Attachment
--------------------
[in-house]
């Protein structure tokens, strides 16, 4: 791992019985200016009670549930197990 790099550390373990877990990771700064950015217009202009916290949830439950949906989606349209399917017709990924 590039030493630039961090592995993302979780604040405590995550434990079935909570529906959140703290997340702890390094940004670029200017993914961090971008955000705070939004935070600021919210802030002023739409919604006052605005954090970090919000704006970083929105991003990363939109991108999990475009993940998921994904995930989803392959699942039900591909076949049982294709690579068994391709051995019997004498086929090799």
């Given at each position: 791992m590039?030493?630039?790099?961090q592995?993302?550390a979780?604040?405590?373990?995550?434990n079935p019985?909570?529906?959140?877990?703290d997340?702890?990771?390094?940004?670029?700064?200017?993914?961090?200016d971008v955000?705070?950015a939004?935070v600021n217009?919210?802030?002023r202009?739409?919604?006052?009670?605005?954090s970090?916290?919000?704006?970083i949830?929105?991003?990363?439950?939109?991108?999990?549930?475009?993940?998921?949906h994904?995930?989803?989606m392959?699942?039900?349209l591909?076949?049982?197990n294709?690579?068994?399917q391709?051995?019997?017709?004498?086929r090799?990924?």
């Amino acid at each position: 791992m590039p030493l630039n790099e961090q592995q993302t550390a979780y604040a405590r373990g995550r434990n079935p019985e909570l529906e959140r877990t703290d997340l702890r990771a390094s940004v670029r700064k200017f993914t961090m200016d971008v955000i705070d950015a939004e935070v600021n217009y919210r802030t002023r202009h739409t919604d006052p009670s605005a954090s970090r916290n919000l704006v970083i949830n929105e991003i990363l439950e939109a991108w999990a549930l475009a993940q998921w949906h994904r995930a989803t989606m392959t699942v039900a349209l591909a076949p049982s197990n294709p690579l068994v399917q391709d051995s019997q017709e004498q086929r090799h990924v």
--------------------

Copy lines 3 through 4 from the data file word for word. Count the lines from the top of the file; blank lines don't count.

């Given at each position: 791992m590039?030493?630039?790099?961090q592995?993302?550390a979780?604040?405590?373990?995550?434990n079935p019985?909570?529906?959140?877990?703290d997340?702890?990771?390094?940004?670029?700064?200017?993914?961090?200016d971008v955000?705070?950015a939004?935070v600021n217009?919210?802030?002023r202009?739409?919604?006052?009670?605005?954090s970090?916290?919000?704006?970083i949830?929105?991003?990363?439950?939109?991108?999990?549930?475009?993940?998921?949906h994904?995930?989803?989606m392959?699942?039900?349209l591909?076949?049982?197990n294709?690579?068994?399917q391709?051995?019997?017709?004498?086929r090799?990924?």
């Amino acid at each position: 791992m590039p030493l630039n790099e961090q592995q993302t550390a979780y604040a405590r373990g995550r434990n079935p019985e909570l529906e959140r877990t703290d997340l702890r990771a390094s940004v670029r700064k200017f993914t961090m200016d971008v955000i705070d950015a939004e935070v600021n217009y919210r802030t002023r202009h739409t919604d006052p009670s605005a954090s970090r916290n919000l704006v970083i949830n929105e991003i990363l439950e939109a991108w999990a549930l475009a993940q998921w949906h994904r995930a989803t989606m392959t699942v039900a349209l591909a076949p049982s197990n294709p690579l068994v399917q391709d051995s019997q017709e004498q086929r090799h990924v």